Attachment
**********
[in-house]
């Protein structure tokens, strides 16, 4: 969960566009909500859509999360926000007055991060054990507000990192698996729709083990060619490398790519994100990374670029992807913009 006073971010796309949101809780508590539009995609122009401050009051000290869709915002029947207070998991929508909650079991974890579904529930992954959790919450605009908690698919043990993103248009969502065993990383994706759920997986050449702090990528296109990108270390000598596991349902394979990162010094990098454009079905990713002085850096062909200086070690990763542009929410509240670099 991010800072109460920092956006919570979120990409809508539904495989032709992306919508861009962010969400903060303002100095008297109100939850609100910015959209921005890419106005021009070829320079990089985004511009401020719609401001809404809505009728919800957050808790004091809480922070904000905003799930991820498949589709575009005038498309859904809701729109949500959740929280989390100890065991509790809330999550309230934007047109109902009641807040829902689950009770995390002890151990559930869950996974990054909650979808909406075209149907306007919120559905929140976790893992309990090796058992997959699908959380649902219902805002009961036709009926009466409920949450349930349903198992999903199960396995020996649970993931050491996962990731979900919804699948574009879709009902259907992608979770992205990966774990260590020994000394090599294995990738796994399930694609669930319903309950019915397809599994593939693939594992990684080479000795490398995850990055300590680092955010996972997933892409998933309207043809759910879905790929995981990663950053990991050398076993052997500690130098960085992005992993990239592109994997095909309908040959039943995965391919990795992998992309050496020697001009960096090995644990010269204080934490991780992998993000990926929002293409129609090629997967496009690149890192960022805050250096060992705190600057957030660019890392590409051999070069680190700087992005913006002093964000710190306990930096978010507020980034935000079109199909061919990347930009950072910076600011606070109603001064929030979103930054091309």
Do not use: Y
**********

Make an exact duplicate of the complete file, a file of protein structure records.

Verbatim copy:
[in-house]
């Protein structure tokens, strides 16, 4: 969960566009909500859509999360926000007055991060054990507000990192698996729709083990060619490398790519994100990374670029992807913009 006073971010796309949101809780508590539009995609122009401050009051000290869709915002029947207070998991929508909650079991974890579904529930992954959790919450605009908690698919043990993103248009969502065993990383994706759920997986050449702090990528296109990108270390000598596991349902394979990162010094990098454009079905990713002085850096062909200086070690990763542009929410509240670099 991010800072109460920092956006919570979120990409809508539904495989032709992306919508861009962010969400903060303002100095008297109100939850609100910015959209921005890419106005021009070829320079990089985004511009401020719609401001809404809505009728919800957050808790004091809480922070904000905003799930991820498949589709575009005038498309859904809701729109949500959740929280989390100890065991509790809330999550309230934007047109109902009641807040829902689950009770995390002890151990559930869950996974990054909650979808909406075209149907306007919120559905929140976790893992309990090796058992997959699908959380649902219902805002009961036709009926009466409920949450349930349903198992999903199960396995020996649970993931050491996962990731979900919804699948574009879709009902259907992608979770992205990966774990260590020994000394090599294995990738796994399930694609669930319903309950019915397809599994593939693939594992990684080479000795490398995850990055300590680092955010996972997933892409998933309207043809759910879905790929995981990663950053990991050398076993052997500690130098960085992005992993990239592109994997095909309908040959039943995965391919990795992998992309050496020697001009960096090995644990010269204080934490991780992998993000990926929002293409129609090629997967496009690149890192960022805050250096060992705190600057957030660019890392590409051999070069680190700087992005913006002093964000710190306990930096978010507020980034935000079109199909061919990347930009950072910076600011606070109603001064929030979103930054091309």
Do not use: Y